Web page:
School Library Journal
Gr 8–11—A solid, well-researched biography of the three sisters who wove astonishing fiction out of circumscribed lives while their feckless brother destroyed himself with opium and alcohol. Reef's research is evident in the extensive bibliography; quotations are nicely woven into the text and used as chapter headings. But the author presumes readers' familiarity and interest. She opens the chronological narrative with the family's arrival at Haworth, an isolated parsonage in a small village on the desolate moors in the north of England. The deaths begin almost immediately, first their mother, and then two sisters, malnourished and ill-treated at school and wasting away from tuberculosis. This may be enough to draw some teens into the girls' lives; others, not already acquainted with Jane Eyre or Wuthering Heights, might need a clearer reason for reading on as the Brontës immerse themselves in imaginary worlds and fail, time and time again, in the real one in their short adulthoods. Eventually, the author provides extensive plot summaries of their works, pointing out where their art made use of their unhappy experiences. Black-and-white illustrations include stills from movies, portraits of family members (done by the subjects), and other images from the time. Libraries already owning Karen Smith Kenyon's shorter The Brontë Family (Lerner, 2002) might not need this title, but fans will appreciate the additional detail.—Kathleen Isaacs, Children's Literature Specialist, Pasadena, MD
Kirkus Reviews
The wild freedom of the imagination and the heart, and the tragedy of lives ended just as success is within view--such a powerful story is that of the Brontë children. Reef's gracefully plotted, carefully researched account focuses on Charlotte, whose correspondence with friends, longer life and more extensive experience outside the narrow milieu of Haworth, including her acquaintance with the novelist Elizabeth Gaskell, who became her biographer, revealed more of her personality. She describes the Brontë children's early losses of their mother and then their two oldest siblings, conveying the imaginative, verbally rich life of children who are essentially orphaned but share both the wild countryside and the gifts of story. Brother Branwell's tragic struggle with alcohol and opium is seen as if offstage, wounding to his sisters and his father but sad principally because he never found a way to use literature to save himself. Reef looks at the 19th-century context for women writers and the reasons that the sisters chose to publish only under pseudonyms--and includes a wonderful description of the encounter in which Anne and Charlotte revealed their identities to Charlotte's publisher. She also includes brief, no-major-spoilers summaries of the sisters' novels, inviting readers to connect the dots and to understand how real-life experience was transformed into fiction. A solid and captivating look at these remarkable pioneers of modern fiction. (notes and a comprehensive bibliography) (Biography. 12-16)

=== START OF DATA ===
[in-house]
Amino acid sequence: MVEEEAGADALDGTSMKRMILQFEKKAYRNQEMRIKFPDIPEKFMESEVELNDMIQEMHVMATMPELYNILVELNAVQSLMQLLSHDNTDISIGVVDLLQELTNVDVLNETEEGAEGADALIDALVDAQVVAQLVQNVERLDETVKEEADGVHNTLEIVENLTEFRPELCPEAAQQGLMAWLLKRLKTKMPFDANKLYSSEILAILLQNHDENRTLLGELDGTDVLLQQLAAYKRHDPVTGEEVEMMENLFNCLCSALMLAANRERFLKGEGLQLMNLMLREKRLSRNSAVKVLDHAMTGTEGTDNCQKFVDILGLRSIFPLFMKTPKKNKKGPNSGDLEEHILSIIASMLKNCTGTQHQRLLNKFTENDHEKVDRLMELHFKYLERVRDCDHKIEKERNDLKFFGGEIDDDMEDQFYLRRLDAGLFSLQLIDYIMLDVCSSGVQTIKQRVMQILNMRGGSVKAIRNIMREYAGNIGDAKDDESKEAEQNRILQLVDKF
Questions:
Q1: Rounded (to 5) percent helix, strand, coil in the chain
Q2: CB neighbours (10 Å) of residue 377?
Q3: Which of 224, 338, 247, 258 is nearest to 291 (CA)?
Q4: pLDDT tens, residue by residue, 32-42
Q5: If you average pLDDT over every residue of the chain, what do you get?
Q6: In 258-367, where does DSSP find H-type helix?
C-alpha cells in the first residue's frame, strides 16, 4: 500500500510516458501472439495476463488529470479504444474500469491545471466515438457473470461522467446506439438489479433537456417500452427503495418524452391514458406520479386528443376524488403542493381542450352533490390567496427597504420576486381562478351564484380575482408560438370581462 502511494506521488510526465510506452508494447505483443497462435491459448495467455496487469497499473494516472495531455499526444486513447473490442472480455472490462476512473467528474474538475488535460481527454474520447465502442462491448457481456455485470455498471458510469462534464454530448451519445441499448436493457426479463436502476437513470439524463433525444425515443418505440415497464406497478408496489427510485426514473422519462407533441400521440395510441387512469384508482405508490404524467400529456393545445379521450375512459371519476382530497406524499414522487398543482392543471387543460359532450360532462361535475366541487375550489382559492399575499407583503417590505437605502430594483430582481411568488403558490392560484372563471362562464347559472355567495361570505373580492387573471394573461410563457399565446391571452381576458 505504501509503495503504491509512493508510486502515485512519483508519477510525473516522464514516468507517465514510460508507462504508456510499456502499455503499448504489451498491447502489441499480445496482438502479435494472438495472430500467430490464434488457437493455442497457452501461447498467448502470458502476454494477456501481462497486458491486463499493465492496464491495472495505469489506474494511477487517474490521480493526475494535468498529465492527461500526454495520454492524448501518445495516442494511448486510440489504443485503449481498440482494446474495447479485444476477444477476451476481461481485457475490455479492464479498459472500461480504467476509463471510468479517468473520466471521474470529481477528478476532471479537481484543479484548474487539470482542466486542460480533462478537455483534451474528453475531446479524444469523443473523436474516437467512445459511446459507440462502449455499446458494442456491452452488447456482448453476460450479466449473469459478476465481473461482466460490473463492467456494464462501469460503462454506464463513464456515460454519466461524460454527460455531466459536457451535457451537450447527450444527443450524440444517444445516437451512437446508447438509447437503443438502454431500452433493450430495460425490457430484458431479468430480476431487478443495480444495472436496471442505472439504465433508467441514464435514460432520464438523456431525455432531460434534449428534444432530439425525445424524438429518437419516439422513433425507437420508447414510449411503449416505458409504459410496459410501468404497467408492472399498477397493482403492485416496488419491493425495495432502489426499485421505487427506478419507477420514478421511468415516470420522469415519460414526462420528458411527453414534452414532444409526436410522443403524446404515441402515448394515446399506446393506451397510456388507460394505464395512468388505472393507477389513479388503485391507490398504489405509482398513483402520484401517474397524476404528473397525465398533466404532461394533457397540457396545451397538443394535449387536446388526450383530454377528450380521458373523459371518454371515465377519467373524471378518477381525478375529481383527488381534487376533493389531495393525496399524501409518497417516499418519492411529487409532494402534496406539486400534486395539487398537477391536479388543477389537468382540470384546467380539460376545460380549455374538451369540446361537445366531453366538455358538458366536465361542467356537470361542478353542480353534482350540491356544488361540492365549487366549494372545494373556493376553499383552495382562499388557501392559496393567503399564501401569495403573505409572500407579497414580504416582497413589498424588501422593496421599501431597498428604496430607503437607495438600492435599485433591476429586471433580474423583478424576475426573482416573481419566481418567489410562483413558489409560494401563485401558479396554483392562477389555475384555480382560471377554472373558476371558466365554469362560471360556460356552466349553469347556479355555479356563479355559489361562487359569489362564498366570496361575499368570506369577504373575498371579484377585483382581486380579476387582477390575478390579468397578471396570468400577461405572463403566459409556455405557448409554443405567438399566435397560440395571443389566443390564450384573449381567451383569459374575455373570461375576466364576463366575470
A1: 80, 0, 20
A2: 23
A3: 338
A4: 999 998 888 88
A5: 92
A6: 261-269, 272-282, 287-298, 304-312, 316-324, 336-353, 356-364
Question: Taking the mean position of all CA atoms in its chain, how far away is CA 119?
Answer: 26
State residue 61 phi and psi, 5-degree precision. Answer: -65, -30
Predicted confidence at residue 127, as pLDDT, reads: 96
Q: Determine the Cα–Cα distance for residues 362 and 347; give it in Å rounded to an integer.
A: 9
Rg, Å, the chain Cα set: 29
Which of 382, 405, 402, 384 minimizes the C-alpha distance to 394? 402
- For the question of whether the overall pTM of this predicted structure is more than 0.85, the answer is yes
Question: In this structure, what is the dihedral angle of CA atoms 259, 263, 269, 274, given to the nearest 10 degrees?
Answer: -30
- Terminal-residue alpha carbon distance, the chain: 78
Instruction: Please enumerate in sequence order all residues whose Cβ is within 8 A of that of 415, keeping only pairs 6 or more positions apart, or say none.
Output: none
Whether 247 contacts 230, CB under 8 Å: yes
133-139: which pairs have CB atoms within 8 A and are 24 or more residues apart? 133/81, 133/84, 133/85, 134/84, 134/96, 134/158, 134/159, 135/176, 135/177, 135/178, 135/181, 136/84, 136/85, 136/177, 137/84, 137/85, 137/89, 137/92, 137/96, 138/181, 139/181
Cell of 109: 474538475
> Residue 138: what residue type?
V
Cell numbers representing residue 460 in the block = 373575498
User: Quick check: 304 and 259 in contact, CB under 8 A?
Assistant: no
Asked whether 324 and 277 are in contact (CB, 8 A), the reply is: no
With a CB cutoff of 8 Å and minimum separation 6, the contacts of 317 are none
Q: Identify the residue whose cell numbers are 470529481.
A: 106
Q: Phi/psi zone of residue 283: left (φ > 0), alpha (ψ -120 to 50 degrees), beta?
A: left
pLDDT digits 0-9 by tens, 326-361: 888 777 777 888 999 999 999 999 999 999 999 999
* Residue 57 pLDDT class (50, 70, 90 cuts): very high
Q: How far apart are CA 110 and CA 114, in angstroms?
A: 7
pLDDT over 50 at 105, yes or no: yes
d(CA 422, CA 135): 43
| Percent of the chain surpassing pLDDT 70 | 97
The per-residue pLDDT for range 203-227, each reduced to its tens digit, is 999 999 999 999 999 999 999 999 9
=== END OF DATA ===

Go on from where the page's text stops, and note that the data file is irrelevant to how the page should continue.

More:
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Houghton Mifflin Harcourt
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Read an Excerpt

"Oh God, My Poor Children!"

The cobbled road clung to the steep hill as if holding on for dear life. Its paving stones had been set on end, forming a series of little ledges. The nervous horses felt for these rocky shelves to gain a footing; they feared slipping down as they hauled their heavy load.
   It was April 1820, and a new clergyman was coming to Haworth. The Reverend Patrick Brontë surveyed the scene. He told his wife and children that they were all strangers in a strange land.
   Life was easy for no one in Haworth—not for horses, and not for people. Haworth, in northern England, was a dirty village of weavers’ cottages, where death came early. The soured earth barely fed some stunted bushes that struggled to stay alive. Few trees grew in this bleak place, where a sad wind constantly blew.
   Beyond Haworth stretched miles and miles of moorland, that bare, hilly country of rough grass, moss, and bracken. The Brontë children would learn to love this strange, wild land.
   There were six children when the family moved into the parsonage at the top of the hill. Six-year-old Maria helped care for the younger ones, because their mother was ailing. Mrs. Brontë had yet to recover from the birth of baby Anne, four months earlier, on January 17. The second child, Elizabeth, was five, and Charlotte, born on April 21, 1816, was turning four. Patrick Branwell (called Branwell) was not yet three, and Emily Jane, born on July 30, 1818, would be two in summer.